Kent Animal Shelter executive director Pam Green addresses the Pine Barrens Commission during a public hearing Wednesday. (Credit: Paul Squire)
The facilities at Kent Animal Shelter aren’t enough to meet their needs, representatives of the nonprofit said at a public hearing before the Pine Barrens Commission last week.
Plans for a new facility, they said, would not only expand their operations but also help the environment by removing outdated and “archaic” septic systems.
But whether that’s enough for the commission to allow the group to build remains to be seen. (more…)
After several attacks in the downtown Riverhead area last year — most of which have targeted Hispanic males — the town will revive its dormant Anti-Bias Task Force. (Credit: Paul Squire, file)
The Riverhead Town Board is expected to officially restore Riverhead’s anti-bias task force at tonight’s meeting.
The task force was created in 1998, but had become dormant in recent years. Officials sought to re-establish it last year in the wake of a series of violent attacks on Hispanics in Riverhead. (more…)
James Stark pictured in 2007. (Credit: Barbaraellen Koch, file)
Former Riverhead Supervisor James R. Stark died Tuesday at Peconic Bay Medical Center where he was being treated for lung cancer. He was 78.
Mr. Stark served as town supervisor from 1996 to 1997 and was acting supervisor in 1995 when then-Supervisor Joe Janoski was ill. (more…)
‘Building and Grounds workers were at the Fresh Pond School house Thursday morning doing renovations to the Fresh Pond Schoolhouse. (Credit: Barbarellen Koch)
Built in 1821, the Fresh Pond Schoolhouse was once one of 15 single-room schoolhouses in Riverhead Town. Boys would sit on one side of the room; girls, on the other side.
The schools were heated by wood stoves, fueled by wood brought inside by the students themselves.
These days, the Fresh Pond Schoolhouse — located on the ground of East End Arts — is in the process of getting a top-to-bottom renovation, soon to be in use by the arts nonprofit as a multi-use building for events such as poetry readings and film presentations. (more…)
The Riverhead Town Democratic Committee released a list of people Thursday who will be screening with the party before its nominating convention in May.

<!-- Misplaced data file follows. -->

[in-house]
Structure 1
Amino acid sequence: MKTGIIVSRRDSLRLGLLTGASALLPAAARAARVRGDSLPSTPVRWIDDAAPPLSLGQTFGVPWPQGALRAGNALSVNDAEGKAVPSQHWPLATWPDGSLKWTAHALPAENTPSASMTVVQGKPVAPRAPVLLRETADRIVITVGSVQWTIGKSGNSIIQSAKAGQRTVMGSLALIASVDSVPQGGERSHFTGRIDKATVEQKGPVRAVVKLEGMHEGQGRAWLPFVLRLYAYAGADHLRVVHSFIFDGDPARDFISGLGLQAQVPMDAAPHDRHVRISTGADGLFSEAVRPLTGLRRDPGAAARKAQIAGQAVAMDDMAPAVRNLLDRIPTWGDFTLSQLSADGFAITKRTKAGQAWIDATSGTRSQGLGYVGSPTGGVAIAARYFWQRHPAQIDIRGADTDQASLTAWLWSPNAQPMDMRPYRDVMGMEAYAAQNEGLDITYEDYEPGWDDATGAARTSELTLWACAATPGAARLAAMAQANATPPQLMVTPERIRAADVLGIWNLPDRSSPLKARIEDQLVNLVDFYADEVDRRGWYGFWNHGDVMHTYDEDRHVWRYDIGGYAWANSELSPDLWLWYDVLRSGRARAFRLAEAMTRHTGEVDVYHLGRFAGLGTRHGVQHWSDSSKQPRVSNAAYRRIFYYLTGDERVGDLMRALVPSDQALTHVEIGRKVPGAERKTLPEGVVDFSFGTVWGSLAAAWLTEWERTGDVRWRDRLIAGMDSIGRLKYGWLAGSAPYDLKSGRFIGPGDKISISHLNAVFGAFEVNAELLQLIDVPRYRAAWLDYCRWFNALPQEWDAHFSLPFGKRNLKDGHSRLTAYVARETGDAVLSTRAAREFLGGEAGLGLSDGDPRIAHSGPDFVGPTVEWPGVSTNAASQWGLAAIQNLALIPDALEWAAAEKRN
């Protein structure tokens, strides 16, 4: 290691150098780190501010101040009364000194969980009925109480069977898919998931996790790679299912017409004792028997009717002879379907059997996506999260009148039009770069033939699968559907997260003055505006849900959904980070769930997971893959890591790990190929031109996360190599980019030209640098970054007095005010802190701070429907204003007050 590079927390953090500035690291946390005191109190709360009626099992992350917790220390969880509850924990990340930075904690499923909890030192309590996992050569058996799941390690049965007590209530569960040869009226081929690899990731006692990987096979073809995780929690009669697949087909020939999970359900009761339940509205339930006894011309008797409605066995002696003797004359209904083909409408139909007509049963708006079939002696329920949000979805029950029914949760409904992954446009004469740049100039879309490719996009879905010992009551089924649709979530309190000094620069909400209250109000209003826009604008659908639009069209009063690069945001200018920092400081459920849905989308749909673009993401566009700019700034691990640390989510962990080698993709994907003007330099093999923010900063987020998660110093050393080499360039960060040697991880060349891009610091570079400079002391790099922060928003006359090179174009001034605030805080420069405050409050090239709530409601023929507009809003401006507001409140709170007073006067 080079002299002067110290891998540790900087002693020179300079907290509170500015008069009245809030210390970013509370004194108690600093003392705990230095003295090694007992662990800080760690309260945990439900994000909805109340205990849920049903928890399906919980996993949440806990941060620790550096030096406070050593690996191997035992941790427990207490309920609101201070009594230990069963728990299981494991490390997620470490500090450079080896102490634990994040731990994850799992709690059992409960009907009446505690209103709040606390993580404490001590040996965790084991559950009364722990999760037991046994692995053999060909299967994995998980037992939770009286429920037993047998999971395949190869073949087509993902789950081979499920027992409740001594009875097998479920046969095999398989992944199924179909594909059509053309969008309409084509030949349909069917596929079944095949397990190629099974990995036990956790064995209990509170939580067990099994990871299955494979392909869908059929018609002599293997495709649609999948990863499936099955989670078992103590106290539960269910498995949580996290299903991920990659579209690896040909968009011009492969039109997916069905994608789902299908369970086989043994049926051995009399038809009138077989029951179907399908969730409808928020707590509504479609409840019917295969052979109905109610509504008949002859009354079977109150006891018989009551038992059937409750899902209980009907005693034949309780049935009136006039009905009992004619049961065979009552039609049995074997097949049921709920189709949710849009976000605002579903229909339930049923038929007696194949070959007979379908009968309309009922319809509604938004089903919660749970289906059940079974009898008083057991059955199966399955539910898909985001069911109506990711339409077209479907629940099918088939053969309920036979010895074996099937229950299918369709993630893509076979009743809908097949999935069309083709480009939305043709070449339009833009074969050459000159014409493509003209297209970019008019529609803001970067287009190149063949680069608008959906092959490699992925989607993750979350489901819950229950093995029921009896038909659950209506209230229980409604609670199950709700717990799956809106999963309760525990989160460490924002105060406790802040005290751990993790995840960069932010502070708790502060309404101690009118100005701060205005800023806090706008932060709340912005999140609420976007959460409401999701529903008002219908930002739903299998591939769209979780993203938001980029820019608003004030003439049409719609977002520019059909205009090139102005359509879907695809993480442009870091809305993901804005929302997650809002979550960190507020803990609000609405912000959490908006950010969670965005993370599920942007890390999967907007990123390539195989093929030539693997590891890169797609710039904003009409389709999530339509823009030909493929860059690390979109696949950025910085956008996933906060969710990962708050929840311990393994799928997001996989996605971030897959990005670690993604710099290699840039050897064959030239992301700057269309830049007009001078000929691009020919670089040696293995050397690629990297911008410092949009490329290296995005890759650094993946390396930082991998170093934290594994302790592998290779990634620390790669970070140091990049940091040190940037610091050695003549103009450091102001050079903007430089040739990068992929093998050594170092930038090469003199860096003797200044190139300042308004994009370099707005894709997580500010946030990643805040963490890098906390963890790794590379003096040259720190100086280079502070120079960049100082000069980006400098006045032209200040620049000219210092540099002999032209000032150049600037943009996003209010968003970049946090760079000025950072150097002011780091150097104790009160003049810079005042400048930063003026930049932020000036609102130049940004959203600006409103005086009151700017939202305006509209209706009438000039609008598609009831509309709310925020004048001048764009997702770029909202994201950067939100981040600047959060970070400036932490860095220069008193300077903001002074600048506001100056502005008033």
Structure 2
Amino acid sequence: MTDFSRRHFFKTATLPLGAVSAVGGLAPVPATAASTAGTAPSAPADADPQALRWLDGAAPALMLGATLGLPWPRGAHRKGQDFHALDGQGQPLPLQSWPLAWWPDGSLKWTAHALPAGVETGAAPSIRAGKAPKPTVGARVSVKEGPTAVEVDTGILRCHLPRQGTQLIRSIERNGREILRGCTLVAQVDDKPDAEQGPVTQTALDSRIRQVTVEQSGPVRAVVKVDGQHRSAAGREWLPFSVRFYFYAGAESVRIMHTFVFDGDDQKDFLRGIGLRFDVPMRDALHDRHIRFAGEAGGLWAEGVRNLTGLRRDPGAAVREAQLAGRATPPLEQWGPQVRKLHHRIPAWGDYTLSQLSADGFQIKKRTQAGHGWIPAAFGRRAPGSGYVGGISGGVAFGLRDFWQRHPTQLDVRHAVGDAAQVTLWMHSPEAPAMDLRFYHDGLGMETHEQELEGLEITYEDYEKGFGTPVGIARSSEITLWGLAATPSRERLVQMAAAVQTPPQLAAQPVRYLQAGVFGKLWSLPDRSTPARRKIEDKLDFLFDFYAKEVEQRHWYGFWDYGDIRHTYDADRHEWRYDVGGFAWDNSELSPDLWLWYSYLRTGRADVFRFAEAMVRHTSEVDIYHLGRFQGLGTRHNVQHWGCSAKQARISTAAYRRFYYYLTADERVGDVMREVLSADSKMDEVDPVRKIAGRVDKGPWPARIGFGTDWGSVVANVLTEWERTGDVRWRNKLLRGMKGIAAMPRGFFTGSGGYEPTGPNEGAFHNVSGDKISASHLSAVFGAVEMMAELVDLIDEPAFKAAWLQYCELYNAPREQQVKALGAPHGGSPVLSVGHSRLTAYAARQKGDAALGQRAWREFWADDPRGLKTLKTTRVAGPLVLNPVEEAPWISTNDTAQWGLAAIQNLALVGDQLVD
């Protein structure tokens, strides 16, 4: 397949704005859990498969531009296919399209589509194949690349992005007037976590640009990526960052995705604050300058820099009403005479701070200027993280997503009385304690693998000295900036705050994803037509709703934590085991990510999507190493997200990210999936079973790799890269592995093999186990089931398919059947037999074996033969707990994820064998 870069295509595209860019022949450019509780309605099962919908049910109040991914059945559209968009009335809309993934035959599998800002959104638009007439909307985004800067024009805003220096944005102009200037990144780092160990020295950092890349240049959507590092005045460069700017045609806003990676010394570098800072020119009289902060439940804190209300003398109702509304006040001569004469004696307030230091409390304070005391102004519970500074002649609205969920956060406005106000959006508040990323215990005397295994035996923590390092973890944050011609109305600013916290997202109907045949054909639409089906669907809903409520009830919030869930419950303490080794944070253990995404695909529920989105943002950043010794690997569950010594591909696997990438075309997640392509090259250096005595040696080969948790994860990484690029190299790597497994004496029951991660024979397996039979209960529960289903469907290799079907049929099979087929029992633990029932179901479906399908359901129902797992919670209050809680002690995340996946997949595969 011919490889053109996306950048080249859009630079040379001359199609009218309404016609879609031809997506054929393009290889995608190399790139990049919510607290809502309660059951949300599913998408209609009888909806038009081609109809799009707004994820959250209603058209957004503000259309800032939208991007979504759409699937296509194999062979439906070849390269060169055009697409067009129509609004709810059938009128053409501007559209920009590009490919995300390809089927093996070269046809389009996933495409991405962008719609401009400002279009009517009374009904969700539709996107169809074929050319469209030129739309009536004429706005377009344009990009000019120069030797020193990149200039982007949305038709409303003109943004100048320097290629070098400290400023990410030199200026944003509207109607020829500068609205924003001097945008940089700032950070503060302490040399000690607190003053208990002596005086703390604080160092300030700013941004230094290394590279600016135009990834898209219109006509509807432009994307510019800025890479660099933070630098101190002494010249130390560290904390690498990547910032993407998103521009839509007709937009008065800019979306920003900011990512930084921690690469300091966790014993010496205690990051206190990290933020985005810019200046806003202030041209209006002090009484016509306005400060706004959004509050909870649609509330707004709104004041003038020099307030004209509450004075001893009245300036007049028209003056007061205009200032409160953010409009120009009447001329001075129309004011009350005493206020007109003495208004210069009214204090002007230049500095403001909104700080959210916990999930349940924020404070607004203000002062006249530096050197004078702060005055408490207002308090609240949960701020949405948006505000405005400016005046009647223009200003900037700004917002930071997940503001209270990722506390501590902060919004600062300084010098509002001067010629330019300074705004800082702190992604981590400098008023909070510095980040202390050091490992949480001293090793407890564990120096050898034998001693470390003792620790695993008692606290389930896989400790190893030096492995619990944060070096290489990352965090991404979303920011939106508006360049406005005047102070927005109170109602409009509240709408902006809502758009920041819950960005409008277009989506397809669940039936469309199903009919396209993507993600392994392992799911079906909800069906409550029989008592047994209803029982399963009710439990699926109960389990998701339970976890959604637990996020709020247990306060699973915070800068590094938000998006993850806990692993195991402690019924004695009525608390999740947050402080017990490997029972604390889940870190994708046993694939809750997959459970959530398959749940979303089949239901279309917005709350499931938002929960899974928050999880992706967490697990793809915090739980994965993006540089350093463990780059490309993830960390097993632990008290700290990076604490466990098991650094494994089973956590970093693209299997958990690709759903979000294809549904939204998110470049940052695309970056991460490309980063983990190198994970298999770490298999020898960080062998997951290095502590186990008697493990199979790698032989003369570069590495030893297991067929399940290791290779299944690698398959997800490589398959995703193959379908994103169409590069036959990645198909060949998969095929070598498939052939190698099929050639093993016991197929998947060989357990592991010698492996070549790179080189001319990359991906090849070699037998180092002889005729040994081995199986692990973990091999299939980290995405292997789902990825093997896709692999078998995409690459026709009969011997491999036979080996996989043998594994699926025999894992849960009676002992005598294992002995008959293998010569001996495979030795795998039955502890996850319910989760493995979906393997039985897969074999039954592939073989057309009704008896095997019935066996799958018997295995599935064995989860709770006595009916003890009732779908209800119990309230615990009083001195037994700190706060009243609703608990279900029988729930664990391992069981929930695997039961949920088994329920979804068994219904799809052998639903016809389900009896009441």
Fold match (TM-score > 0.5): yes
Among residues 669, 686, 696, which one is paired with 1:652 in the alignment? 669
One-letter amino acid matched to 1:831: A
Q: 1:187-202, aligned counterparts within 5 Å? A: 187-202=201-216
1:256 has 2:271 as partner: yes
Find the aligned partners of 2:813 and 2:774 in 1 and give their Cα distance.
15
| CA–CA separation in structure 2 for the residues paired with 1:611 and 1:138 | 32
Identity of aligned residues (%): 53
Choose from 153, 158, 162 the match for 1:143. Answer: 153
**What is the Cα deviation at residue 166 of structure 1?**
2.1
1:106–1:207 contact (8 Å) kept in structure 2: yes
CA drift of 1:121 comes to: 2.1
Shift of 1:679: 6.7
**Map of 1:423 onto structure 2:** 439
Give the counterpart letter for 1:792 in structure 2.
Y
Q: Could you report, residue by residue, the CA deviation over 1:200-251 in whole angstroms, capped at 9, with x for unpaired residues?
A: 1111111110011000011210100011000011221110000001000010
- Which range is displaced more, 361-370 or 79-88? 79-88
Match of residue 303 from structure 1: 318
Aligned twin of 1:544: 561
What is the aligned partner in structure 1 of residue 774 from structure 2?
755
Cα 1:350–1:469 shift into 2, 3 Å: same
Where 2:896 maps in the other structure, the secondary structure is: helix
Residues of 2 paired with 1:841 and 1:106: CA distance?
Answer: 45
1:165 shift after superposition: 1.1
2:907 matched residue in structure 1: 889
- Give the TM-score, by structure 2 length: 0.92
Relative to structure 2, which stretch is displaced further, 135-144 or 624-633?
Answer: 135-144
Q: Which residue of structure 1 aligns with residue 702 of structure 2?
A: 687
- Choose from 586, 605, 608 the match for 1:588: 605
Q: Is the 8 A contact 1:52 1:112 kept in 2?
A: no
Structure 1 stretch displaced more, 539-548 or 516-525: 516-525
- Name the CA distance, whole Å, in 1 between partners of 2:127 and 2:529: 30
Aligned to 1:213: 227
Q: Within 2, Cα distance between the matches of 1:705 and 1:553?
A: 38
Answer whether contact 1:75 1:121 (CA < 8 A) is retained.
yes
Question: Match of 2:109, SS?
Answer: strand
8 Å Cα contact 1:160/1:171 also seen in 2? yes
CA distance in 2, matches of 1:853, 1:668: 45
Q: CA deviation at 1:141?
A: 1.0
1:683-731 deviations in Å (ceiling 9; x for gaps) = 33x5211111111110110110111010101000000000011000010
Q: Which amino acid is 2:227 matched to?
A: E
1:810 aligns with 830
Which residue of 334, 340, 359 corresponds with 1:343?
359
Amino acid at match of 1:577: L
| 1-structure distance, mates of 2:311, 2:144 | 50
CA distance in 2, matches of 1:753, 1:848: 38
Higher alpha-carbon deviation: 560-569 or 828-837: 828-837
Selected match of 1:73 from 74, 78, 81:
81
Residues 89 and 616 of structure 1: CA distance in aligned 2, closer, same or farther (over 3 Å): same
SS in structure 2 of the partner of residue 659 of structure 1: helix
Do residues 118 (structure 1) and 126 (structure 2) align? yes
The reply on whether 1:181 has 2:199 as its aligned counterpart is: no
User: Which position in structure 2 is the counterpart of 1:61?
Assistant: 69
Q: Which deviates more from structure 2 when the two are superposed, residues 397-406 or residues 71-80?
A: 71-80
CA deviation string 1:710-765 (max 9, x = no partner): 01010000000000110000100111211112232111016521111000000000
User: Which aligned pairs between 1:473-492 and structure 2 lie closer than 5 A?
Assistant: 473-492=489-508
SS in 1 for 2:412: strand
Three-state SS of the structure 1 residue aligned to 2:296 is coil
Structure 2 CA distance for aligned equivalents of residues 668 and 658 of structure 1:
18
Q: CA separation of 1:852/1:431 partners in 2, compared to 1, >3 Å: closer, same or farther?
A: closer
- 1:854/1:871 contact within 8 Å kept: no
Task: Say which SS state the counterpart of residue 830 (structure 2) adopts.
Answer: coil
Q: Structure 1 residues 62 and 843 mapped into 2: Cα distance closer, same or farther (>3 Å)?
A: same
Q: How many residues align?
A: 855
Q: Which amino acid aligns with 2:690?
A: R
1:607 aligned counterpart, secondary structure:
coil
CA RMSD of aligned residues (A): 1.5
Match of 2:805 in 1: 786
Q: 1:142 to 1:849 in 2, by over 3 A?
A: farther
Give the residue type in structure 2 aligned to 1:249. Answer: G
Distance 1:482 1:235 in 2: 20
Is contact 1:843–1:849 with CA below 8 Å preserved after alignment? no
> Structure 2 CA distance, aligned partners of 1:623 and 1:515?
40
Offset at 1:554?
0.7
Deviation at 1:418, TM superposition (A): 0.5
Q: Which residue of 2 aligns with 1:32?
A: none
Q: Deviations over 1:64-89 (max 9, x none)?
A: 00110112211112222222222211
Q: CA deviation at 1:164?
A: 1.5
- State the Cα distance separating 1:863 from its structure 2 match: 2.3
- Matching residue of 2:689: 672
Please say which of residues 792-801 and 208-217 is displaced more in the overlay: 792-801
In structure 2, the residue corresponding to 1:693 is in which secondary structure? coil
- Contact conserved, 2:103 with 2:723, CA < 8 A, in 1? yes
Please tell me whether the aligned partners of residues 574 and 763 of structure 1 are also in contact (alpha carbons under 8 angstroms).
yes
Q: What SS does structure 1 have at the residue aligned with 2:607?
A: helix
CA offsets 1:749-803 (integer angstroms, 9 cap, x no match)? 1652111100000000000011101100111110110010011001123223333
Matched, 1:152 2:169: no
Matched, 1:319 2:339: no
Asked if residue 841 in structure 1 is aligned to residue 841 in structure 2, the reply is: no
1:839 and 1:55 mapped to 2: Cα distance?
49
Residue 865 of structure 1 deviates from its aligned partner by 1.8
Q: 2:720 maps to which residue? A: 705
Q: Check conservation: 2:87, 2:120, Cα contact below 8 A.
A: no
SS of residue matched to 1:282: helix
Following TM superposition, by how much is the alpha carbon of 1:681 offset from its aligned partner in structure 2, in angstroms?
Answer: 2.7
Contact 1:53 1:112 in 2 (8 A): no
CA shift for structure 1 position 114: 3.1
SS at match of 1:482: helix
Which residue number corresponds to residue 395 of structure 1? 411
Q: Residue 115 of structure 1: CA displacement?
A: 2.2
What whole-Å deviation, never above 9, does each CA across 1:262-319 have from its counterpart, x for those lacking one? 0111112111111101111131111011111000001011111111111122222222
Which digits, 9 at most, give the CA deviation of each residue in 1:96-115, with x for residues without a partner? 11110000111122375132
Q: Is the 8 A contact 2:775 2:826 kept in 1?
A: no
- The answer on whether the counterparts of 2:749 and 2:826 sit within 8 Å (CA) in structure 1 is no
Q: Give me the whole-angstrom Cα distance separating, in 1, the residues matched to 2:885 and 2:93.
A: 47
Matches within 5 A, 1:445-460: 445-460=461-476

Supervisor hopefuls include Anthony Coates, a former paid adviser to Republican Riverhead Supervisor Sean Walter; Tim Hubbard, a recently retired Riverhead Town police detective; and Greg Fischer, a Calverton resident who runs each year for public office.
Additionally, the list indicates that Mr. Hubbard is also screening for council and that Mr. Fischer is also screening for council and assessor.
Mr. Hubbard will also be screening with the town Republicans for a council seat, as previously reported. (more…)
TOWN: Welcome back to the Town Hall meeting room, Moody’s. It’s great to see you again. Remember last time you were here in 2011 and you upgraded our bond rating? That was wonderful. I hope you’re back to present similar news.
MOODY’S: Actually, Town, I’m sorry to report this, but I’m here to tell you that your bond rating is being downgraded. You will now pay higher interest rates if you need to go back and borrow funds any time in the near future. (more…)
Riverhead Town Supervisor Sean Walter giving his State of the Town speech last month. (Credit: Tim Gannon, file)
Moody’s Investors Service has downgraded Riverhead Town’s credit rating, meaning the town will have to pay higher interest rates on any future borrowing involving municipal bonds, according to a summary report listed on the credit rating agency’s website.
The downgrade, from an Aa2 score to an Aa3 score, was attributed to the town’s steady depletion of its reserves. (more…)
Peconic Bay Medical Center representatives (left) met with Riverhead IDA officials Friday evening. (Credit: Tim Gannon)
Locked in a dispute over the amount of fees Peconic Bay Medical Center should pay the Riverhead Industrial Development Agency due to a change in the hospital’s IDA financial assistance — a debate that amounted to a difference of $114,631 versus $2,500 — the two sides went behind closed doors Friday and emerged with a compromise that will end up with the hospital paying $35,000 in IDA fees.
The IDA, which grants tax incentives to lure new businesses to Riverhead Town, can also issue tax-exempt bonding for nonprofit agencies like hospitals. It funds its own budget by charging fees to the businesses it helps. How those fees are determined is spelled out in a schedule of fees available on the IDA website.